The American Samoa Power Authority is calling for public support to get US military funding to clean up fuel that has seeped into the ground and run off into the sea at Aua.
Authority Chief Engineer Jason Jaskoviak is urging residents to reach out to politicians and military leaders to not let the US Navy walk away from the contamination that it left behind
In the era of naval administration, a fuel tank farm was located in Aua with underground pipes from the tank depot to the canneries.
Mr Jaskoviak said there had been efforts over the years to clean up and mitigate against contamination but the situation had driven up costs of infrastructure projects in Aua and villages in the eastern district.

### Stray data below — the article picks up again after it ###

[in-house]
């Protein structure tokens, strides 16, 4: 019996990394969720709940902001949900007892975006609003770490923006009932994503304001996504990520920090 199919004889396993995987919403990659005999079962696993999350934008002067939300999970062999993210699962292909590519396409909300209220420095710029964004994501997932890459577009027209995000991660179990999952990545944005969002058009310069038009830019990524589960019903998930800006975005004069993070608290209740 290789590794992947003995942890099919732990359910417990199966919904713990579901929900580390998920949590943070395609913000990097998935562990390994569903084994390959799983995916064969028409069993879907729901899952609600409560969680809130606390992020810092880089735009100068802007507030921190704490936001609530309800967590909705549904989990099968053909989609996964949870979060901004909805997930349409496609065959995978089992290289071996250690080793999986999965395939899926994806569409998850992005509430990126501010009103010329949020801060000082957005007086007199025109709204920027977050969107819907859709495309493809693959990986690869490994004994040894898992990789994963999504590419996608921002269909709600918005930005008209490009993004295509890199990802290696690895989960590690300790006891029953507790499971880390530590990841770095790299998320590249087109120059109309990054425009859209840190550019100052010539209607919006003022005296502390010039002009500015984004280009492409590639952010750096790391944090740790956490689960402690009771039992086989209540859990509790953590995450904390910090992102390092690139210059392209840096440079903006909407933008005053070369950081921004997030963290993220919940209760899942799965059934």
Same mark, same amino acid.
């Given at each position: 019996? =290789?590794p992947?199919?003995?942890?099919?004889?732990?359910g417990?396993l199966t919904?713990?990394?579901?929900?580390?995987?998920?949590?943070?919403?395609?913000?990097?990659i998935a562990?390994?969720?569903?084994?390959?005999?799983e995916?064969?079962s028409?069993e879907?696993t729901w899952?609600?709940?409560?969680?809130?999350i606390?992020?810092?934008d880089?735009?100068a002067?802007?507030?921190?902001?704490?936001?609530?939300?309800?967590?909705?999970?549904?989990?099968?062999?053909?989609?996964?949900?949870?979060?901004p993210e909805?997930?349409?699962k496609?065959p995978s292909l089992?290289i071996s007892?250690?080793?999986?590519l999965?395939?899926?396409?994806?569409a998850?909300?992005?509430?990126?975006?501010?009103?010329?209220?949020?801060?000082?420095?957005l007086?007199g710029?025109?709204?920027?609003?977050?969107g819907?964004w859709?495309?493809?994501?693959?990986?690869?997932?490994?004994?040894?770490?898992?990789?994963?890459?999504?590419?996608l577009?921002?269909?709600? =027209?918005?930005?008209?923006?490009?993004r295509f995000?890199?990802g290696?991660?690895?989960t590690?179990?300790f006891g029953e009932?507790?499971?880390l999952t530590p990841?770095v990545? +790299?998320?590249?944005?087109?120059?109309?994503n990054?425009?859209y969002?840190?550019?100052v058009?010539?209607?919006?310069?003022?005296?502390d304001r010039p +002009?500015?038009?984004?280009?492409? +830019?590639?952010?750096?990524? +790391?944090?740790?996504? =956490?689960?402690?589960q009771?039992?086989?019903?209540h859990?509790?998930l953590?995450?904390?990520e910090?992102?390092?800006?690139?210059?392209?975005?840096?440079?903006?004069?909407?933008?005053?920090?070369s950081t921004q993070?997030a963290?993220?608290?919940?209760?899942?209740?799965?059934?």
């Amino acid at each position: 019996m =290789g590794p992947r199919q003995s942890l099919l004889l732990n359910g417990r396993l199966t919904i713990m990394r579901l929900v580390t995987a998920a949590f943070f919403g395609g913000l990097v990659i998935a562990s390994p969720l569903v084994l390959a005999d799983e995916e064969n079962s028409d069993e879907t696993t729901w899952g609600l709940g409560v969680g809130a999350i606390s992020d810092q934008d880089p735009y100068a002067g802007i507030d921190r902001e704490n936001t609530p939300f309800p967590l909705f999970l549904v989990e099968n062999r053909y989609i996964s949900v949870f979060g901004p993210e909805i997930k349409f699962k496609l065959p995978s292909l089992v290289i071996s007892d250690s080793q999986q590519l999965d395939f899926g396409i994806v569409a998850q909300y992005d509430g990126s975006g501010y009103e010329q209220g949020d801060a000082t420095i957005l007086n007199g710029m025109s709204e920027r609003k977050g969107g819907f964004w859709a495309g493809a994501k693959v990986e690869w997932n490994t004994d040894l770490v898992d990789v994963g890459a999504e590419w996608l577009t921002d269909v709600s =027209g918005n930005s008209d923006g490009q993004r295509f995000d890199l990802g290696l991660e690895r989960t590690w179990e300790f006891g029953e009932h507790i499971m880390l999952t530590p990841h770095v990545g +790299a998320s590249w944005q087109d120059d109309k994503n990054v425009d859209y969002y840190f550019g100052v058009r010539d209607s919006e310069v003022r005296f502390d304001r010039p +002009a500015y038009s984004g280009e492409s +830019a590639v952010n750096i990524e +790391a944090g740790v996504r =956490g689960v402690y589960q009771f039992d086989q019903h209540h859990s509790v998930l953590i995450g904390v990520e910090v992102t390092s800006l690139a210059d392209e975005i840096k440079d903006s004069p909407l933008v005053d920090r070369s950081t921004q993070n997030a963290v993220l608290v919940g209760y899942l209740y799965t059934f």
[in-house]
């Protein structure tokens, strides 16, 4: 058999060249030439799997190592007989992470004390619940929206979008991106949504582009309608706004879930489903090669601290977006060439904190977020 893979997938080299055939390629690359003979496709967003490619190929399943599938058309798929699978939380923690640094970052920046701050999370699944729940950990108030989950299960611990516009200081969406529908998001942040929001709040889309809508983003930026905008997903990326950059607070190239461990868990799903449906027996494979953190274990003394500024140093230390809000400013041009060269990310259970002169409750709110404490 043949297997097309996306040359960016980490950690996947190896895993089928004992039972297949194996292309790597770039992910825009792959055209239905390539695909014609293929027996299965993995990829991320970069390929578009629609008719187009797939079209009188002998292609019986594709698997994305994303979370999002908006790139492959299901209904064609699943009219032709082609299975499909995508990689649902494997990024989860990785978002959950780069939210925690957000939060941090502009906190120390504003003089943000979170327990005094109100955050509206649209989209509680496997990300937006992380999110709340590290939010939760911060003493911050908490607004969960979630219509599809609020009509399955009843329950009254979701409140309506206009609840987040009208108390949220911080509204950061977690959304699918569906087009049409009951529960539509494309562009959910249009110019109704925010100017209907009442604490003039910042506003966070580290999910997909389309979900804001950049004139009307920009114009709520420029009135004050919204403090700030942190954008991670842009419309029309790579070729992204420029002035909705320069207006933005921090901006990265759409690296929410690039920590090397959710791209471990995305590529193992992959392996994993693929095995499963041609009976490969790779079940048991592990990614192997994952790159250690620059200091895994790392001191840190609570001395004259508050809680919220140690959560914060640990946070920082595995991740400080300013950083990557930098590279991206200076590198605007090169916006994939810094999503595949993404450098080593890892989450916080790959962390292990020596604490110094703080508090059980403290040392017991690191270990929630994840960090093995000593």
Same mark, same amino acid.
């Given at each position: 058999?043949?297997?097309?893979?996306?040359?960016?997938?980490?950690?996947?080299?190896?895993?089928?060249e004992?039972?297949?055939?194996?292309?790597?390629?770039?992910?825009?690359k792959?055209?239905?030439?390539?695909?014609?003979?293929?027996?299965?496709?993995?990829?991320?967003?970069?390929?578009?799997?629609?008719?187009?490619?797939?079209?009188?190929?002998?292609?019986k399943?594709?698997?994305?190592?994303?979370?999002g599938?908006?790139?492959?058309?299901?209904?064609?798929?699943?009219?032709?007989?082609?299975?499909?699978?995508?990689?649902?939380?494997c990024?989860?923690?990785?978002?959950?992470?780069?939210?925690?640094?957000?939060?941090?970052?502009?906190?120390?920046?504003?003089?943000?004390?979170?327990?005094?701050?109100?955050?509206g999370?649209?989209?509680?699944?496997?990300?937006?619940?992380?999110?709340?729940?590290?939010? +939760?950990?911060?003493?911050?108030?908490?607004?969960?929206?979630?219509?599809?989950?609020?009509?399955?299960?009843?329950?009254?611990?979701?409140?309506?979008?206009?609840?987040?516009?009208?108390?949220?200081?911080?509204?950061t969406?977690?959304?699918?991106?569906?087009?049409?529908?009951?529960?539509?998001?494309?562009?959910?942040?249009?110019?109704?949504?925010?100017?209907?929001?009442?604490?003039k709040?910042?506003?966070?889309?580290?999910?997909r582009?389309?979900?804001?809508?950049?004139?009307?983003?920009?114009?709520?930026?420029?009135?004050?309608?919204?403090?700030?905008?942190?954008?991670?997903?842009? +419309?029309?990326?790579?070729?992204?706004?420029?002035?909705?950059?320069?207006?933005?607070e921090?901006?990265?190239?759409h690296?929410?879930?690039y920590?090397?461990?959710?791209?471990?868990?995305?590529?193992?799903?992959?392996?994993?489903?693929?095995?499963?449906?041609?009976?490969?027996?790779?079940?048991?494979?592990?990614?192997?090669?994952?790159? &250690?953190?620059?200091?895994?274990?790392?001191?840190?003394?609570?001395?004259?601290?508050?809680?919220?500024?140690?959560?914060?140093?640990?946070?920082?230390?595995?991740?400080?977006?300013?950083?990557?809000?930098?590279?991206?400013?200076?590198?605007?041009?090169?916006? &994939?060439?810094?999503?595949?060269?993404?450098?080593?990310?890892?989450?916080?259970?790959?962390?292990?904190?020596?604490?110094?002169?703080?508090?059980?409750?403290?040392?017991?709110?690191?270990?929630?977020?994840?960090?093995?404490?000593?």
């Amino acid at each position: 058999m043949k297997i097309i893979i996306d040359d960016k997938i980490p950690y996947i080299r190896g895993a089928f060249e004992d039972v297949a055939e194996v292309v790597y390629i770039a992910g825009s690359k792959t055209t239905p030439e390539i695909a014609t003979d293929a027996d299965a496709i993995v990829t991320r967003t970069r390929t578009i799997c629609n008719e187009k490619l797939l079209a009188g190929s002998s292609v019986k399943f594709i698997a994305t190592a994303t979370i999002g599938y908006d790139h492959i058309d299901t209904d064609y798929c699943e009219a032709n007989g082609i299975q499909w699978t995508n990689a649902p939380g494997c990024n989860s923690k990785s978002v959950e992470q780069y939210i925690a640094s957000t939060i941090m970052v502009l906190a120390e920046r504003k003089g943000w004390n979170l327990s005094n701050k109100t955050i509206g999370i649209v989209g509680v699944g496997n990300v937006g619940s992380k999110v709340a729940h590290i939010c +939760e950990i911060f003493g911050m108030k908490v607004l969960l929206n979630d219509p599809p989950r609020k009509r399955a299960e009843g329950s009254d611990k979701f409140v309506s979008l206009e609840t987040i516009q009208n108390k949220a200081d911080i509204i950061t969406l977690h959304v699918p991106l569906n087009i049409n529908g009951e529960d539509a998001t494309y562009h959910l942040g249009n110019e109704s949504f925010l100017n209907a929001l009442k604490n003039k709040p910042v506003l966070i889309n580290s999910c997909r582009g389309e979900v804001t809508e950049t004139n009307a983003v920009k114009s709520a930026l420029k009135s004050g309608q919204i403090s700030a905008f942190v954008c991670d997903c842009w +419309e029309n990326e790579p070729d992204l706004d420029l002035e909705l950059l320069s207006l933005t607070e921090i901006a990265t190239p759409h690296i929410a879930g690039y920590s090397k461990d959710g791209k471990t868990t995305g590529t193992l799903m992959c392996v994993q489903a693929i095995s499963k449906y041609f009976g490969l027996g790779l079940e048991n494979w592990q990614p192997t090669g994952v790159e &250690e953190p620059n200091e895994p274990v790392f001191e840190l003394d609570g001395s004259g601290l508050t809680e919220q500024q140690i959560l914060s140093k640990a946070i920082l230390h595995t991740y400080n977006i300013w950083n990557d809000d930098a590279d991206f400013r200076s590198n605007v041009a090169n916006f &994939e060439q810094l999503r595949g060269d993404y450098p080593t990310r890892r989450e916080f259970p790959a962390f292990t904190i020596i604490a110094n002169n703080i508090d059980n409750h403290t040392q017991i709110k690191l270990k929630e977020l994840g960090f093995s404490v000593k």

The US military said there was no human risk so it was not providing any further assistance.
But Mr Jaskoviak said it was not good enough.
"I can't put a pipe in the ground and then throw dirty, contaminated soil on top of that pipe. It reacts with that pipe, it could break down the pipe over time, so I have to buy more expensive pipes. I have to handle that contaminated soil, haul it away, treat it. Water that comes into this hole, now I have to treat that, because it has got oil in it. Everybody that works here is going to get hit. The taxpayers are essentially going to end up footing the bill," he said.